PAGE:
Ask a Sexpert

Does it feel awkward bringing up safe sex to your partner(s)? 

How do I choose the right condom for me?

First Check the Lable…

Make sure to read the condom label to check if it is FDA-approved for use against unplanned pregnancy and STDs. According to FDA regulations, anything that “sufficiently resembles” a condom must comply with FDA standards including novelty condoms, like those that glow in the dark or are flavored. If condoms do not comply with these standards, they may not claim to be a contraceptive device.

Condoms also have an expiration date, make sure that your are using it BEFORE the date on the packaging.

Now Let Us Consider Size…

Did the sizing activity make you feel insecure? 

Now Let’s Discuss Material…

Latex Allergy?

What Tecture Does Your Penis Like?
What Strength Do You Need?
​​​​​​​How Hard Do You Want to Play?
How Long Do You Want To Last?

Non-latex Condoms
Non-latex condoms are ideal if you or your partner has an allergy to latex. These condoms are made from non latex materials such as polyurethane or lambskin. Non latex condoms are hypoallergenic and known for their natural feeling.

Do Your Sexy Parts Like It Slippery When Wet?

Personal Lubricants
Personal lubricants are a vital part of a healthy sex life. Find a wide selection of lubes including silicone, water-based, natural, vaginal, anal, flavored, and more. Lubricants can be used during intercourse, foreplay, desensitizing, and some are formulated to increase the likelihood of pregnancy.

Finally, Make Sure That We Protect All Our Body Parts During Sex!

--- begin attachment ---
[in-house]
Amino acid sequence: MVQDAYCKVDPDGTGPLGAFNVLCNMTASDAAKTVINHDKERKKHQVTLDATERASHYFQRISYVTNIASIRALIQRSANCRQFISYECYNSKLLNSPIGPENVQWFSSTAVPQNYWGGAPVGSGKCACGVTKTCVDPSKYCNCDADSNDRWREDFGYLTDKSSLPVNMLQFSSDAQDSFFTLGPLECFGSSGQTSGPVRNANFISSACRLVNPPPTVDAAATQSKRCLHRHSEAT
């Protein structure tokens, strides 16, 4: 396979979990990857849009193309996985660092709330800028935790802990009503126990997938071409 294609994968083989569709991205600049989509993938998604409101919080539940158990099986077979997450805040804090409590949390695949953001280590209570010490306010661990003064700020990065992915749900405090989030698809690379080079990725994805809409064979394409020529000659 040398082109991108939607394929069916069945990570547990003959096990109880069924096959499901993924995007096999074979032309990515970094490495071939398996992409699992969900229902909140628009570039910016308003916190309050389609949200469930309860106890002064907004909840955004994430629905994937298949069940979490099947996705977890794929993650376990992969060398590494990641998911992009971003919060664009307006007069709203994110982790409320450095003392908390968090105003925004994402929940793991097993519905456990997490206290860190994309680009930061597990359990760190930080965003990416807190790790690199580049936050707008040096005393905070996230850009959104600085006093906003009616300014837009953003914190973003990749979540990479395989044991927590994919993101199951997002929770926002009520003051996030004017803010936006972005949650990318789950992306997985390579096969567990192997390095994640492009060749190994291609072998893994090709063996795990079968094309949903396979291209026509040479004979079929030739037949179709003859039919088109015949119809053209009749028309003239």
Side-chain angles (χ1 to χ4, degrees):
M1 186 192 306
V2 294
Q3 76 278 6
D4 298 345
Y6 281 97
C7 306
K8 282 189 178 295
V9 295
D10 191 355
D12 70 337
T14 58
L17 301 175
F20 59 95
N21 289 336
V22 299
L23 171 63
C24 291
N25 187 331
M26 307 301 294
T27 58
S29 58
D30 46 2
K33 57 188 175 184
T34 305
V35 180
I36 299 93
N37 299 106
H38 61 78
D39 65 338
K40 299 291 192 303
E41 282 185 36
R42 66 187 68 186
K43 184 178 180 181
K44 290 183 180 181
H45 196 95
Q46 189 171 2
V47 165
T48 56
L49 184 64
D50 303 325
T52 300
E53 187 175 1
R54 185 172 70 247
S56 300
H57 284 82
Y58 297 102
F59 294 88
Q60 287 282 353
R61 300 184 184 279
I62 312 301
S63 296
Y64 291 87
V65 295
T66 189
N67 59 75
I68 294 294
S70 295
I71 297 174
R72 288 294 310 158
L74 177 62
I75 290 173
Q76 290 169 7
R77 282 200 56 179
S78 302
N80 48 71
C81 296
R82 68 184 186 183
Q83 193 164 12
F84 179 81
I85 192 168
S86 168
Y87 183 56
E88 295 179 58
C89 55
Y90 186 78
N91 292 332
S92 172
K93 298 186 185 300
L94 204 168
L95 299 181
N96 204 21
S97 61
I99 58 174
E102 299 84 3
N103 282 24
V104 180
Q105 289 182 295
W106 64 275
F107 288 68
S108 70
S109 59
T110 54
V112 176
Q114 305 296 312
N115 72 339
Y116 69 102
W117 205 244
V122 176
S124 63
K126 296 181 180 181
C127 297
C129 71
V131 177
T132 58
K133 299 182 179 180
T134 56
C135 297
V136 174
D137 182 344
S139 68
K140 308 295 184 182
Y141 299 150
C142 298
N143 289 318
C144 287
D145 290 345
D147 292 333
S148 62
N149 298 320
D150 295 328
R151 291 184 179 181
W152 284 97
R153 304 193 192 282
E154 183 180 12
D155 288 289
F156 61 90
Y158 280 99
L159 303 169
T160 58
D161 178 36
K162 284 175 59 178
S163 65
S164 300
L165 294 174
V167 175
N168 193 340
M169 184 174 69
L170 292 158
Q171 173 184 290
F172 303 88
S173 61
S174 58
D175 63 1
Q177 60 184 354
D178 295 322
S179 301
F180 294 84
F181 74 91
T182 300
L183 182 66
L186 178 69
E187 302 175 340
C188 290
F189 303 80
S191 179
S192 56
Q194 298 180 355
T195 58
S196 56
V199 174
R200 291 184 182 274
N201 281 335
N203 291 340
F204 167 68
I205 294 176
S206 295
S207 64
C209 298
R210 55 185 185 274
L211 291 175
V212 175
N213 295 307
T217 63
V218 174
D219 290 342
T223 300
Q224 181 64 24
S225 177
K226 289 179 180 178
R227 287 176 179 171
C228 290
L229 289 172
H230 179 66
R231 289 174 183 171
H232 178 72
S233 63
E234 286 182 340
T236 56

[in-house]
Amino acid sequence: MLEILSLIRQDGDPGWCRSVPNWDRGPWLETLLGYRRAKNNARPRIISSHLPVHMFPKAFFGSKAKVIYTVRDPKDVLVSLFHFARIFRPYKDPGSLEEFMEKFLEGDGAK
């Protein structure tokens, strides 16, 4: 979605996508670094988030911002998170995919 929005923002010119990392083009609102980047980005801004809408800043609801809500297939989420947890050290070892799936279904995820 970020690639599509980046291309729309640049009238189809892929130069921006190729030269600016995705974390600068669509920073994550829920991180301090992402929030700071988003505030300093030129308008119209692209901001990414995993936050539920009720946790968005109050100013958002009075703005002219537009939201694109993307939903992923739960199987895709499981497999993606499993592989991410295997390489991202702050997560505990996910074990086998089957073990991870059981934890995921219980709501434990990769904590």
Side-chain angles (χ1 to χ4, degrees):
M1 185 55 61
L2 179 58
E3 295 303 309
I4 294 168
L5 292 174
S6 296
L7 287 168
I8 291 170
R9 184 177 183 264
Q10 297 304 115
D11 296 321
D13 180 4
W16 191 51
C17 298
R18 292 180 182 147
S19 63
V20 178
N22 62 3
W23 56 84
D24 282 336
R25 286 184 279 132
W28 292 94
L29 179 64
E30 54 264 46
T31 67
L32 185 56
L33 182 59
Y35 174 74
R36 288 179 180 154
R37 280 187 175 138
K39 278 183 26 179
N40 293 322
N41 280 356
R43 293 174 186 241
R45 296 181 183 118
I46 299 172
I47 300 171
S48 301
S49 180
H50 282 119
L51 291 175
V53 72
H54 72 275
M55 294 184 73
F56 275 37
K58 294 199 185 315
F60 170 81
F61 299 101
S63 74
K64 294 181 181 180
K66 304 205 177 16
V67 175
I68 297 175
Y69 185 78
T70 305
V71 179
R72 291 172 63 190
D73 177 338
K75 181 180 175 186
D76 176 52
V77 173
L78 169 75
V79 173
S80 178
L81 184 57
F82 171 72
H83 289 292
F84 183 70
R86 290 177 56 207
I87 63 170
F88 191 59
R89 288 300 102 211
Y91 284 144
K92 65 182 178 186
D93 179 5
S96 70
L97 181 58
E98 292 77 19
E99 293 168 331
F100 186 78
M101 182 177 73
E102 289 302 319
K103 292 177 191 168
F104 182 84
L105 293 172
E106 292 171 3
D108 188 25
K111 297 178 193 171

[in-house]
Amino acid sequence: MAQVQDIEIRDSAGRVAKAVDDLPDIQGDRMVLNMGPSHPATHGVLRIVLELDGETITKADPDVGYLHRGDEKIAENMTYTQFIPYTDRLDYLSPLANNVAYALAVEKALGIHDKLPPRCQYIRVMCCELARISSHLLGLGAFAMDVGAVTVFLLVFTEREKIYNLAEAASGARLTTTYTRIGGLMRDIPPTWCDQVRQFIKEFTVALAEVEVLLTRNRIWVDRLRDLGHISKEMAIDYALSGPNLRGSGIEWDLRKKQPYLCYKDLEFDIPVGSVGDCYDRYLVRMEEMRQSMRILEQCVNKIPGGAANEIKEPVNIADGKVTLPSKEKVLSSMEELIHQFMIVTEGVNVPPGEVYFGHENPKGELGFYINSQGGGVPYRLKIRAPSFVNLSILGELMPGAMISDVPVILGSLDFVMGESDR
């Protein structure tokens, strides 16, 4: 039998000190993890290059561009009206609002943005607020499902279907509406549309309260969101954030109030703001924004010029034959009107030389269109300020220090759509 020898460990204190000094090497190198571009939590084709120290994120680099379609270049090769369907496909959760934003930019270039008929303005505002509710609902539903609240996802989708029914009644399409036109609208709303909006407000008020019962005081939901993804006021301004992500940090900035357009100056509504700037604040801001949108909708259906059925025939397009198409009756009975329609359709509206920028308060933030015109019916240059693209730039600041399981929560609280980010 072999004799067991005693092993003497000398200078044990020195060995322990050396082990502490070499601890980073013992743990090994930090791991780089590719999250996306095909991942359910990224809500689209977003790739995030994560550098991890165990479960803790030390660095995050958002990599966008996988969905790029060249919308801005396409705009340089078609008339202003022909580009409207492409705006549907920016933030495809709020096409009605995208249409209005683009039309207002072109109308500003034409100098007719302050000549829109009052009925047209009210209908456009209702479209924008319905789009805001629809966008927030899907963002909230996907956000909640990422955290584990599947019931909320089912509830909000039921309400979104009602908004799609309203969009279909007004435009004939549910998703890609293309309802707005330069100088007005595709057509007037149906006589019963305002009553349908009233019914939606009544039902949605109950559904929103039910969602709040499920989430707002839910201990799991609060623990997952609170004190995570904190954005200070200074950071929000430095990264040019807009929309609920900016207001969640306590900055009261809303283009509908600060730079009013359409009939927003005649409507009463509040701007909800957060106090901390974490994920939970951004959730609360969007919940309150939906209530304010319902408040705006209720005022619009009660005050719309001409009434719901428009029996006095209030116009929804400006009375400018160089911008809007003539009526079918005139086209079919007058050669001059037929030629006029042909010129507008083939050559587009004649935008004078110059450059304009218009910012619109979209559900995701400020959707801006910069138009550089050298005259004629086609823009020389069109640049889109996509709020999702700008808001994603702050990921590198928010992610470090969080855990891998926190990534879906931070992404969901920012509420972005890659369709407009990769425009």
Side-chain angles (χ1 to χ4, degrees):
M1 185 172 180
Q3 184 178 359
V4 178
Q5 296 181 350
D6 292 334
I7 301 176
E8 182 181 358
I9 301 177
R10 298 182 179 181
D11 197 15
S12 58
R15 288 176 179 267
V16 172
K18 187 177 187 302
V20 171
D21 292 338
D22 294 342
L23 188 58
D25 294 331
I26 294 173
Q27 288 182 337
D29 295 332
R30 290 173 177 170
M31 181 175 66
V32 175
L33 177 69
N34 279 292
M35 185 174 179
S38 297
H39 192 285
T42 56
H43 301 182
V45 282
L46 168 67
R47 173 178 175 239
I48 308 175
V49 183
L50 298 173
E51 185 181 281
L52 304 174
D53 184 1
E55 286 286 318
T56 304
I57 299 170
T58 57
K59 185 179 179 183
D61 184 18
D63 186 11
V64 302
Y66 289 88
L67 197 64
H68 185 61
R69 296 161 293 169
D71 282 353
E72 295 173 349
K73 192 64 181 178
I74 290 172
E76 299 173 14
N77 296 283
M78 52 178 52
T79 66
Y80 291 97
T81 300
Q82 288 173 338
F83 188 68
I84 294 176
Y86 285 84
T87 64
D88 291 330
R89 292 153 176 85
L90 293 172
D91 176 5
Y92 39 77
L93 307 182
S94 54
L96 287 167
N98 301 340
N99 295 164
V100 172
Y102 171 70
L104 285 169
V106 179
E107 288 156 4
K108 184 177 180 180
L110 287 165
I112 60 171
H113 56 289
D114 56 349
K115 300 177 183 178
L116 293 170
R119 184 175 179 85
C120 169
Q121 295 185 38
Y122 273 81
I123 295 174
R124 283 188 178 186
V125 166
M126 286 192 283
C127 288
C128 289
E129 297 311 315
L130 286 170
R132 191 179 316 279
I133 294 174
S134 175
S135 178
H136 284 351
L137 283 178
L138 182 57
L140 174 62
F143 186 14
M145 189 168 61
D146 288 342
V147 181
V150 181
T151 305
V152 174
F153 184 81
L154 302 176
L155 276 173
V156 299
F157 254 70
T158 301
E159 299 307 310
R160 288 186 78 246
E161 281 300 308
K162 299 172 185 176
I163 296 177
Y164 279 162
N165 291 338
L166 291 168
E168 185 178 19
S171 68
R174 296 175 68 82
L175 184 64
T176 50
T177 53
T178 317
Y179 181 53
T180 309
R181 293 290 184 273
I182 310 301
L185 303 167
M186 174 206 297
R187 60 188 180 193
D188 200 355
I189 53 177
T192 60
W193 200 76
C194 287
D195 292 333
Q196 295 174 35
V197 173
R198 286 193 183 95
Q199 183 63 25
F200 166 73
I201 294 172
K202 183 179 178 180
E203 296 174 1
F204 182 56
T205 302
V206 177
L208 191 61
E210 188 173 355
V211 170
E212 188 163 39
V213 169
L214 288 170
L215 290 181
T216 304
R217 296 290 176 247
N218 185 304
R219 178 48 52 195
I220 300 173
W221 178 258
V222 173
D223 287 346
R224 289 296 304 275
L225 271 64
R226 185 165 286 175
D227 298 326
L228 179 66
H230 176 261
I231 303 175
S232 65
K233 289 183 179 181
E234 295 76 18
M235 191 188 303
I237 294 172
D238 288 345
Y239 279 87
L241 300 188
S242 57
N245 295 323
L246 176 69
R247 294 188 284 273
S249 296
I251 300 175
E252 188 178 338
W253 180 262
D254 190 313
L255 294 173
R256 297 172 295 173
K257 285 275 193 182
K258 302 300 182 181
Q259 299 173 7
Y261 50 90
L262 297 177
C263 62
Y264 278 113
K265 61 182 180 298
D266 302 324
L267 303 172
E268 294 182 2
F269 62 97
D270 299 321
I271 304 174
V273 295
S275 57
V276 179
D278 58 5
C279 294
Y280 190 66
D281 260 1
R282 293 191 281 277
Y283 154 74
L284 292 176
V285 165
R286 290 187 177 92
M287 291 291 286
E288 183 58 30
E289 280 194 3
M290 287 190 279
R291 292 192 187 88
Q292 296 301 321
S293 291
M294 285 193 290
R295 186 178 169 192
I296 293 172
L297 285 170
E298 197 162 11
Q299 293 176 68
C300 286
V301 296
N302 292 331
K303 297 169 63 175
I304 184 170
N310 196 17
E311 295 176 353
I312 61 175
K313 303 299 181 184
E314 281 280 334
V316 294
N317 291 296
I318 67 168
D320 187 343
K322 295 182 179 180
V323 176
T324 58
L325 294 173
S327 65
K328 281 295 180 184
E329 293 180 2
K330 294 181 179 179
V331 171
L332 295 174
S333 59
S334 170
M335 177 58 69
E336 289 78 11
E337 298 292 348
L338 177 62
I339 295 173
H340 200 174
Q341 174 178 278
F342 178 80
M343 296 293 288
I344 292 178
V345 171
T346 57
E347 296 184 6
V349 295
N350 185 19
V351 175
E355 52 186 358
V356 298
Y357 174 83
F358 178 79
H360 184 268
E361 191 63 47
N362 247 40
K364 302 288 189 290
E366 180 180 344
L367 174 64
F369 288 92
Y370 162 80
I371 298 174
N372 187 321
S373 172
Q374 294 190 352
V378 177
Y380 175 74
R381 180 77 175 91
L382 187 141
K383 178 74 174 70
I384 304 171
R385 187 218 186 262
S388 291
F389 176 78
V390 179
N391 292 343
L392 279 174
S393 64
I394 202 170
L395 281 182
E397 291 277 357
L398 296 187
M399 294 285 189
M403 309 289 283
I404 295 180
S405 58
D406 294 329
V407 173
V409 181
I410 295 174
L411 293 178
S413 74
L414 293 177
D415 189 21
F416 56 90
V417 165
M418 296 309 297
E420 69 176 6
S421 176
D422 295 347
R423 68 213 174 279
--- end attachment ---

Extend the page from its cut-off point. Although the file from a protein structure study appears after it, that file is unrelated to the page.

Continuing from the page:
“Nowadays, you can do anything that you want—anal, oral, fisting—but you need to be wearing gloves, condoms, protection.
― Slavoj Žižek

Dental Dams
Dental dams are thin pieces of latex or similar material that can be used to protect against sexually transmitted diseases (STDs) during oral sex or rimming (anilingus). They come in the shape of a small square or rectangle and each piece should be used only one time.

How Effective Are Condoms?

According to PlannedParenthood.Org, Condoms are great at preventing both pregnancy and STDs. If you follow the instructions and use them every time you have vaginal, anal, or oral sex, there’s very little chance of pregnancy, or getting or giving an STD. 


Copyright HarmonyCollective.Us 2019. All Rights Reserved

It’s Not About the Nail

E31 – Polly needs a lawyer

Listen to “E31 – Polly needs a lawyer” on Spreaker.

David Hoffman was born and raised in Tampa, Florida, where he currently lives with his wife, two dogs, a cat and a hedgehog. Hoffman Law Firm, P.A. opened on February 14, 2014, serving clients throughout the Tampa Bay area in areas including divorce, child support, custody, dependency, and estate planning. It is the mission of Hoffman Law Firm to provide clients with affordable, personalized service. David is an active member of the Tampa community. He serves on the Board of Directors for the South Tampa Chamber of Commerce as their Consulting Attorney. Through the South Tampa Chamber, David volunteers his time to projects and events benefiting local businesses as well as military families and veterans. He is also a member of the Hillsborough County Bar Association, the LGBT Bar Association of Tampa Bay, and the Tampa Bay Inn of Court. David is currently in training to become a Kink Certified Professional. He works with kink, lifestyle and poly families to meet the unique their needs and offer a welcoming and inclusive experience.